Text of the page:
Olive Oil

With the public becoming more and more educated about food and quality of it, it is surprising that there is still a lot of confusion and misinformation regarding something as commonly used as olive oil. Here is The Aesthetic Post’s primer on buying and using olive oil:

First cultivated in ancient Syria, Olive trees were valued for their fruit, but above that, their versatile oil, which could be used for cooking, fuel, cosmetics, and even medicine. Olive oil is one of just two fruit oils that can be used without additional processing (avocado is the other).

Olive oil has a high concentration of valuable antioxidants, and is praised for its health benefits. The fact that it is rich is monounsaturated fats, notably oleic acid, is directly linked to heart health.

There are three countries that produce the majority of olive oil: Spain, Italy, and Greece, together, these countries produce more than 75% of the world’s olive oil supply. However, you can find excellent-quality oils that are produced elsewhere, from Australia to California.

Olive oil’s beauty lies in its versatility; it is an everyday staple that is beneficial to your health, but can also be a distinctive asset to a dish. The best chefs know that the key to using olive oil is having more than one type in the cupboard. A good start is having one oil (of a less delicate nature), specifically for cooking with; you can find great options in larger-sized tins, often labeled as “pure olive oil.” “Extra virgin” olive oil is not ideal for excess heat, and this will quickly destroy its delicate taste and fragrance. You’ll also need a highest-quality oil for finishing, and then, at your discretion, oils that lend themselves well to other applications.

The best way to learn about olive oil and the differences between regions and varietals is through tasting. Many food shops and specialty oil boutiques (if you live in the city) are happy to let you sample oils. Otherwise, experiment with oils on your own, or better yet, hold your own varietal tasting with friends. A few key components to olive oil tasting are:

Smell: The olive oil should smell clean and like olives, not chemical-laden, and perhaps with a suggestion of grassiness or apple.

Mouthfeel: A good olive oil is not greasy to the mouth, it has a clean mouthfeel, and should not stick around, heavily coating the mouth.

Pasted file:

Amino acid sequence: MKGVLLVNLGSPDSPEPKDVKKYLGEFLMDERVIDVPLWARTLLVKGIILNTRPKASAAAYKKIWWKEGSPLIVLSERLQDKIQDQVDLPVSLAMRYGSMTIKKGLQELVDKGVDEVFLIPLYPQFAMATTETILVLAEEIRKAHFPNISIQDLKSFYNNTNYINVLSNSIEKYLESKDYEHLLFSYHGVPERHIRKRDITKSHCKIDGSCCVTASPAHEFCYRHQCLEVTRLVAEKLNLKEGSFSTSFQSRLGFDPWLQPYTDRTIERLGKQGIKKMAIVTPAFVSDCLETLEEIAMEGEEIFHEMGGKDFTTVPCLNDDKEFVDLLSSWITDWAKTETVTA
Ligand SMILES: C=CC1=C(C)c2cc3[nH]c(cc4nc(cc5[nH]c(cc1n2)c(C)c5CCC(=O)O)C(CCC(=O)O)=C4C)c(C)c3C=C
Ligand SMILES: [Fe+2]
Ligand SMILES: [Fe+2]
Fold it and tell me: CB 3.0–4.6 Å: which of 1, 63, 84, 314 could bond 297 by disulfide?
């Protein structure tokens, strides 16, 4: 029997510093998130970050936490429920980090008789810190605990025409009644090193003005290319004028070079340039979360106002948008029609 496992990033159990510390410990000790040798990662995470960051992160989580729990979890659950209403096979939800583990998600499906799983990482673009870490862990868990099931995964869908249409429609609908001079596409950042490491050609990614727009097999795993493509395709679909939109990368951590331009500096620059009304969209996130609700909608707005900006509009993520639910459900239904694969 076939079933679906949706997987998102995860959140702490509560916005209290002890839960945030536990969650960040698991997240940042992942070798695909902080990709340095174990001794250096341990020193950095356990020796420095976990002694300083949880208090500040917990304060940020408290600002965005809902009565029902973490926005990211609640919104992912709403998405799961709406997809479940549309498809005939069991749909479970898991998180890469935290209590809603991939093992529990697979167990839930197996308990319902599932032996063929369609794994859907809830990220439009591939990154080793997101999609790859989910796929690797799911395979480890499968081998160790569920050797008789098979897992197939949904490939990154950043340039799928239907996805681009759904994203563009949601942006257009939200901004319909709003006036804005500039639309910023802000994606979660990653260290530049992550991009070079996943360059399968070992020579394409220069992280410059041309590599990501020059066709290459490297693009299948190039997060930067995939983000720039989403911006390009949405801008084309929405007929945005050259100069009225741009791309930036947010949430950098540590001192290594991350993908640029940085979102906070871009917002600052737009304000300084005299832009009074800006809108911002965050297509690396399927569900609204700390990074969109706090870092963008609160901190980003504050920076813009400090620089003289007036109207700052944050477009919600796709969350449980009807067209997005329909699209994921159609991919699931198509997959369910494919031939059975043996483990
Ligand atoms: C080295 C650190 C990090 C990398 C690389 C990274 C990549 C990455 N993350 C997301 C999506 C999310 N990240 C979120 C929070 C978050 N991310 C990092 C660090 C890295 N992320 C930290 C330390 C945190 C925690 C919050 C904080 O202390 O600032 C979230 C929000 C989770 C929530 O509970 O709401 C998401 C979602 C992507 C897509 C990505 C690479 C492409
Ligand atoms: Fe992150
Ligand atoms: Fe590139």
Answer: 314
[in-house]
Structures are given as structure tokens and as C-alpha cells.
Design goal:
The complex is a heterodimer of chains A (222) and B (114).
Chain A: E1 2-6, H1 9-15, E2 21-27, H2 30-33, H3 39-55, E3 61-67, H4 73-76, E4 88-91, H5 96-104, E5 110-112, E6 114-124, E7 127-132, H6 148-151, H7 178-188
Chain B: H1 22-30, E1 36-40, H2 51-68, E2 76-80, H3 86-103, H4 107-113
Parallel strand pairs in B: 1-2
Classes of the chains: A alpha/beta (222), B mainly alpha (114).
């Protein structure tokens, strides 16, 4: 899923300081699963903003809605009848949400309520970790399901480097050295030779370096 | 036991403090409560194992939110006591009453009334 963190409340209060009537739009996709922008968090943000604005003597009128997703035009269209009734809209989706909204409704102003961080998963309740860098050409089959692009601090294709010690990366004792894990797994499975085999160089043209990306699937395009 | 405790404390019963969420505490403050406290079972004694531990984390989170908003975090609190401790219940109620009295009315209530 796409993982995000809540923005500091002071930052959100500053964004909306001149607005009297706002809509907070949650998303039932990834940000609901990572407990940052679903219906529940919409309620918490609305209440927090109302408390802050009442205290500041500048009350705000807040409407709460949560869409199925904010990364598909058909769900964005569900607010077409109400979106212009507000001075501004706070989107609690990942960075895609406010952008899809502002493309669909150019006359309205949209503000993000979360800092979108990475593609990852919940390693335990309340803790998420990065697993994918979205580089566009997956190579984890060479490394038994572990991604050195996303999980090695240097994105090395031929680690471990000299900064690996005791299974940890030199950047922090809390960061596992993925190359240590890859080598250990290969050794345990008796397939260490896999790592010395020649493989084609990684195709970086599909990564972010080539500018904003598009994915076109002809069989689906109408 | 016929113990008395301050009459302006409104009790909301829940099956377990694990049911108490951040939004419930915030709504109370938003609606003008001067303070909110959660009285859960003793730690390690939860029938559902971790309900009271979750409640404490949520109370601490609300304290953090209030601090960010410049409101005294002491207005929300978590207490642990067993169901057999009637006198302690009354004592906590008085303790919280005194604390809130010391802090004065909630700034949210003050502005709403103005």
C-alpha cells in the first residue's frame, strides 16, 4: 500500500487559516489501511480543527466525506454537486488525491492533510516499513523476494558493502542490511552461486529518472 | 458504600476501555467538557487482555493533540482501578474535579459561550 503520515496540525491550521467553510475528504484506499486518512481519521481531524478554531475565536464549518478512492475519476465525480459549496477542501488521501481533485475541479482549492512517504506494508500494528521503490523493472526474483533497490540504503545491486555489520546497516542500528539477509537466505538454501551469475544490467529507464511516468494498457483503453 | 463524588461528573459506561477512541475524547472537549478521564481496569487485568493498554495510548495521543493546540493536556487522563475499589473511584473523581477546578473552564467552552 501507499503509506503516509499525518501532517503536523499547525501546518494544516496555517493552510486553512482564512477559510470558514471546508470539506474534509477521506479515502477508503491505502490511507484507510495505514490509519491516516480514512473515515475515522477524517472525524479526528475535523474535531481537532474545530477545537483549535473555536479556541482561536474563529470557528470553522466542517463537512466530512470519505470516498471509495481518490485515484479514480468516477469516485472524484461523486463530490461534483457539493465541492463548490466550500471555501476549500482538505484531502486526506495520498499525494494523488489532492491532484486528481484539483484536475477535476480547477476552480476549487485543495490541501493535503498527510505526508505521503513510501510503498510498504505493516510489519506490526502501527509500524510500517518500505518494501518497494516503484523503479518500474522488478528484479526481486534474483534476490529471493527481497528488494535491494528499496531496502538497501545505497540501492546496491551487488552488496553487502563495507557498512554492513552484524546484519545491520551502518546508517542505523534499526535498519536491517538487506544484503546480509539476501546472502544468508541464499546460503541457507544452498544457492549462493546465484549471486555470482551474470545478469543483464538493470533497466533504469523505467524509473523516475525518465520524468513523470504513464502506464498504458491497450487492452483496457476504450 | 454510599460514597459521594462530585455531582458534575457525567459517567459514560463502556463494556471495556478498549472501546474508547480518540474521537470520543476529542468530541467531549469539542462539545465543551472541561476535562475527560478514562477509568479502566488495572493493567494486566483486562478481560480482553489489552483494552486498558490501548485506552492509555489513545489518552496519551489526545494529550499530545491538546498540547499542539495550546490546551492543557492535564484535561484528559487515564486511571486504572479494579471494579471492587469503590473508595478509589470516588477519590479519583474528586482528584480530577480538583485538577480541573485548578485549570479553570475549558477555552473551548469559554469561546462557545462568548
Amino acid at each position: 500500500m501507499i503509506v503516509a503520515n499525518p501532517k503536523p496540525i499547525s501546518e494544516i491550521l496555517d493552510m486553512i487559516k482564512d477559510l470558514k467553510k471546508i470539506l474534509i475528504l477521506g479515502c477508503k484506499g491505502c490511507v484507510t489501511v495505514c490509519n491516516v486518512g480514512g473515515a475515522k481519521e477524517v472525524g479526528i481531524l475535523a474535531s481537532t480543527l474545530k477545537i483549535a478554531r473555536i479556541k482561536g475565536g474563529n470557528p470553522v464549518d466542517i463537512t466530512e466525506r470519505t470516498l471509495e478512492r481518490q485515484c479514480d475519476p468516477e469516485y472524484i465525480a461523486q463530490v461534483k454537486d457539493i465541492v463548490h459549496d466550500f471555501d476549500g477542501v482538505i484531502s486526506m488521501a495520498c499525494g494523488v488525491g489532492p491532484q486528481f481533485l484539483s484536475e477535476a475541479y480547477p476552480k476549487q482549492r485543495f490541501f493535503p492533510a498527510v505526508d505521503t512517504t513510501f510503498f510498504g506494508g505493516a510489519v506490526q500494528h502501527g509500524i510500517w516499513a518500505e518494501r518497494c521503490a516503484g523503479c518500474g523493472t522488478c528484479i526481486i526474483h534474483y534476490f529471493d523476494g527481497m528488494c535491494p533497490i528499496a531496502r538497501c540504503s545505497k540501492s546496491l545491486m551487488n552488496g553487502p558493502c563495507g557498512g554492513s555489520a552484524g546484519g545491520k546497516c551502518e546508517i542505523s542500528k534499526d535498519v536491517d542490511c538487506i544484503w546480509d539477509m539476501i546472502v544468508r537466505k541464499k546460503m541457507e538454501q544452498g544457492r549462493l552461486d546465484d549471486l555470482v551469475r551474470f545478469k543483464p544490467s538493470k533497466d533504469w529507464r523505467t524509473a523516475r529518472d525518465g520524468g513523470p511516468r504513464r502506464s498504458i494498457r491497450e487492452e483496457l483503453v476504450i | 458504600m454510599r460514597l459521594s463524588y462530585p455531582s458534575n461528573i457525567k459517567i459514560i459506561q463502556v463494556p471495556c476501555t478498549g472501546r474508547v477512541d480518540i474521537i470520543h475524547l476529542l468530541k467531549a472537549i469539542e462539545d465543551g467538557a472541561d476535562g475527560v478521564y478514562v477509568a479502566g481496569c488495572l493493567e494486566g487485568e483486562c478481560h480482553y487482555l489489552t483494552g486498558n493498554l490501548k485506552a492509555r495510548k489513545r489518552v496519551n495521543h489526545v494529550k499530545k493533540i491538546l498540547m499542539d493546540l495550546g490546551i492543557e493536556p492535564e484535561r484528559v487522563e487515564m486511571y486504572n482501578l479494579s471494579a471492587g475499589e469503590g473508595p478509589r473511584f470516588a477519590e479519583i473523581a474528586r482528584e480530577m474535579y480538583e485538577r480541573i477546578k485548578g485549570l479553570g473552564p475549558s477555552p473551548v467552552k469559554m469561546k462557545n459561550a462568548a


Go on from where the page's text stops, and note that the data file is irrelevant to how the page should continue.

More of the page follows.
Taste: To properly taste olive oil, breathe air through the oil as you would when tasting wine. Several factors decide the taste and flavor nuances of olive oil, from olive varietal, to time of harvest. Some people prefer a fruitier olive oil, while others like an herbaceous presence. A metallic taste suggests that the oil may be rancid, obviously not a good thing.

Finish: Most olive oil connoisseurs prefer a “peppery” finish that is often present in finest-quality oils. This sensation is a sign of early harvest, but do keep in mind that this attribute (like the oil’s subtle flavors) fades with age.

When you’re purchasing olive oil, there are a few considerations you mustn’t forgo:

Packaging: The best storage container for olive oil is a dark glass bottle. Exposure to light and heat will destroy the oil, and clear containers should either be decanted or kept in a dark place. Typically, one should be apprehensive of plastic containers, but some very reputable estates have recently come up with eco-friendly, intelligent plastic packaging that is perfectly suited for shorter-term oil storage. If you’re lucky enough to live near a great food shop, refillable bottles may be an option.

Designations and Labeling: The International Olive Oil Council is responsible for setting the standards for olive oil grading and labeling, however, the IOOC’s regulations do not apply to the United States. An “extra virgin” designation on the label implies that the oil has been processed minimally, maintaining flavor and aroma. The terms “pure,” “light,” or just direct labeling as “olive oil” typically suggest that the oil is lower quality, and further processed. Though many of the very finest olive oils are not organic, an organic certification is generally a decent indicator of quality, and it is reassuring to know that the major percentage of olives used are not treated with pesticides or synthetic fertilizers. It is important to also note that simple statements such as “product of Italy” do not signify much other than the fact that the oil was packaged and exported from Italy, this could mean the olives were grown anywhere.

Color: Olive oil color is not always evident upon purchasing, however, it is good to know that olive oil quality should not be gauged by its color, as it can vary widely, depending on the type of olives used, and how immediately the oil was extracted. Additionally, questionable producers have been known to blend excess leaves with the fruit, imparting a rich green color.

Perhaps the most important thing to keep in mind when purchasing olive oil is that a middle-of-the-line oil will not suffice for all applications, and you’ll wind up wasting oil in cooking, and having inferior flavor for finishing.

Above, a few excellent oils, from left: Baja Precious Extra Virgin Olive Oil, $16; Enji Kunsei Smoked Olive Oil, $40; Frantoio Oleario Muraglia ‘Delicato,’ $48; Château D’Estoublon ‘Flacon Couture,’ $57

There are 1 comments on this article.

  1. There is a new smoked olive oil you can try, enFuso! Some zagat rated chefs in southern california have compared it to Enju Kunsei and say the base oil quality is better (100% California, COOC certified EVOO from the Capay Valley) and the smoke flavor is the richest with no bitterness. It is of course my olive oil – so you would have to taste for yourself for objectivity. But thought you would like to know about a great California option that is way more affordable.

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